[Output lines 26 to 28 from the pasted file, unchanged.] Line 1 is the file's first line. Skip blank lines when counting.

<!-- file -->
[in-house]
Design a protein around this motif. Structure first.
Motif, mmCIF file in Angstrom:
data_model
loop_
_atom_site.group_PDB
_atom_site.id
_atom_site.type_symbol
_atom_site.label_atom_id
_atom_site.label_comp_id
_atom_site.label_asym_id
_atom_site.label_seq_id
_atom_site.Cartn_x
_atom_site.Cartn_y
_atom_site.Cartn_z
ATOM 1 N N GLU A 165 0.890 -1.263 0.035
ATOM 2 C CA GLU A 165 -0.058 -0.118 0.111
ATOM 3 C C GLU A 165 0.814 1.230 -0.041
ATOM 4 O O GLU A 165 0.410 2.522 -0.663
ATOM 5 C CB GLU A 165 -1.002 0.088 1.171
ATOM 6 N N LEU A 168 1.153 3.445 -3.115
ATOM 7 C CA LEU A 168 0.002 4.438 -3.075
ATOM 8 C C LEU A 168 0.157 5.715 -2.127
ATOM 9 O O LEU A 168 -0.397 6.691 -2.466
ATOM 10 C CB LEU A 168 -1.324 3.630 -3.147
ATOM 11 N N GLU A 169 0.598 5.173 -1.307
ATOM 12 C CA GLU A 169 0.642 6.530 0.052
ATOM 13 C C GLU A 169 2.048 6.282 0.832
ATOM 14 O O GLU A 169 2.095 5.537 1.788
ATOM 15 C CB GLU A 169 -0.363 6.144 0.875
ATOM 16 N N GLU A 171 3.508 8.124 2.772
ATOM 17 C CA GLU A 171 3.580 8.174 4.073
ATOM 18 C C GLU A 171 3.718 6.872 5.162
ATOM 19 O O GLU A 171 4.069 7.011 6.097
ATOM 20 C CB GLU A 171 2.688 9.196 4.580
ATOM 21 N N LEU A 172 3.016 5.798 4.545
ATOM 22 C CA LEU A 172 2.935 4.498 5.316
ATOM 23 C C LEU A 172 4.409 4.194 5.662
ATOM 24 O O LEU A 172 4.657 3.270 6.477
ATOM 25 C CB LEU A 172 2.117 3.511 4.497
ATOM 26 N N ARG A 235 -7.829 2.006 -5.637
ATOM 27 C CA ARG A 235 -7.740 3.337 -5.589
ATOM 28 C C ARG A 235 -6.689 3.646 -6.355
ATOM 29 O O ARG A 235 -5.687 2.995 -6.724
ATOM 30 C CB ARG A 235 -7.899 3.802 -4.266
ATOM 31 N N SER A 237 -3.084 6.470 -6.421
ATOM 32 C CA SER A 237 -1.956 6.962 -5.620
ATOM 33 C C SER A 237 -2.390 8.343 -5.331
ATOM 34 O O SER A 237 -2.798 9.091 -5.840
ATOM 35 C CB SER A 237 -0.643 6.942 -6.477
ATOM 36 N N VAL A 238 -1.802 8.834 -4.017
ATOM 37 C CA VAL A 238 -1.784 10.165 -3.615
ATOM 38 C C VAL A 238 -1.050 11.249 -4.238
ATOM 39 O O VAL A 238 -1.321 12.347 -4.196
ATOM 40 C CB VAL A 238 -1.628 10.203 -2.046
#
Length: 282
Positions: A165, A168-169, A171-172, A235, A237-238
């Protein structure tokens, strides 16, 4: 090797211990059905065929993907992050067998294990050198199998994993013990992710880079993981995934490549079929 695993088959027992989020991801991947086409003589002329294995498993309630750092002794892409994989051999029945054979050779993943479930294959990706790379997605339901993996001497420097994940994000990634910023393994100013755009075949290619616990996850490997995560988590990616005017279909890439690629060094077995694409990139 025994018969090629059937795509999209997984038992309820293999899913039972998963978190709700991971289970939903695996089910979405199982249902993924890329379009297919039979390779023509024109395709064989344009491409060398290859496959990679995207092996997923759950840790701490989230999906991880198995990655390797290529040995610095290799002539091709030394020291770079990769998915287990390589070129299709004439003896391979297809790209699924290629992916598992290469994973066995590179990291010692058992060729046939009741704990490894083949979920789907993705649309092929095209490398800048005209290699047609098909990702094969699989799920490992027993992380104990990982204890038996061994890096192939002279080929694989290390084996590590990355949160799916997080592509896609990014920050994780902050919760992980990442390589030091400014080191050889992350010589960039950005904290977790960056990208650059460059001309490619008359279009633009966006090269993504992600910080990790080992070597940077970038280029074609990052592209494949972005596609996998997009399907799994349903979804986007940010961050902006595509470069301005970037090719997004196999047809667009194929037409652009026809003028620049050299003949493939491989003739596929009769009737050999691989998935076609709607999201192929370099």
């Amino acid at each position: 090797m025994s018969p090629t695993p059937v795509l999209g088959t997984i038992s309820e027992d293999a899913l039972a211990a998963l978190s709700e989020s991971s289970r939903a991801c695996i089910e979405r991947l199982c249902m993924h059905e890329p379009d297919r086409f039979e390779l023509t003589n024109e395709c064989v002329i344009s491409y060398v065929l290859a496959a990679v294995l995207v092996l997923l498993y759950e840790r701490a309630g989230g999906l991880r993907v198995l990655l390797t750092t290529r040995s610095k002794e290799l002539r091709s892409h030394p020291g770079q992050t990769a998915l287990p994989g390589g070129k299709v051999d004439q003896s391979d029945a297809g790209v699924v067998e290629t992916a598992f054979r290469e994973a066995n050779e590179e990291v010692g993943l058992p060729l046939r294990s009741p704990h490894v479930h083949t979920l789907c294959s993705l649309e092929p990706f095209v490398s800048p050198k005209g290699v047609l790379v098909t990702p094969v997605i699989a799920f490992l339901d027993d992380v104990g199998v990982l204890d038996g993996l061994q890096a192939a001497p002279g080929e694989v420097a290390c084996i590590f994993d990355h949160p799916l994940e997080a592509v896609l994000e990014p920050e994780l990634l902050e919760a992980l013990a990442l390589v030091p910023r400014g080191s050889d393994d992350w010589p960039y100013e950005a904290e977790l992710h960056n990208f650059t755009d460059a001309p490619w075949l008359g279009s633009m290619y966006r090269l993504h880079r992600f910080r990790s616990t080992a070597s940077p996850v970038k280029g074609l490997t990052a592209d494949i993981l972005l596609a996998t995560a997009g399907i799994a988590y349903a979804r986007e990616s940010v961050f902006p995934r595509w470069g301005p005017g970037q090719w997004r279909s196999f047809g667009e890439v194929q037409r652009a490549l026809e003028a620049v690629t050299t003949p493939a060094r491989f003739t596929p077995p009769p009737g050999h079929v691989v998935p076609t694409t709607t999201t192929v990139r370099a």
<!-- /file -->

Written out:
ATOM 11 N N GLU A 169 0.598 5.173 -1.307
ATOM 12 C CA GLU A 169 0.642 6.530 0.052
ATOM 13 C C GLU A 169 2.048 6.282 0.832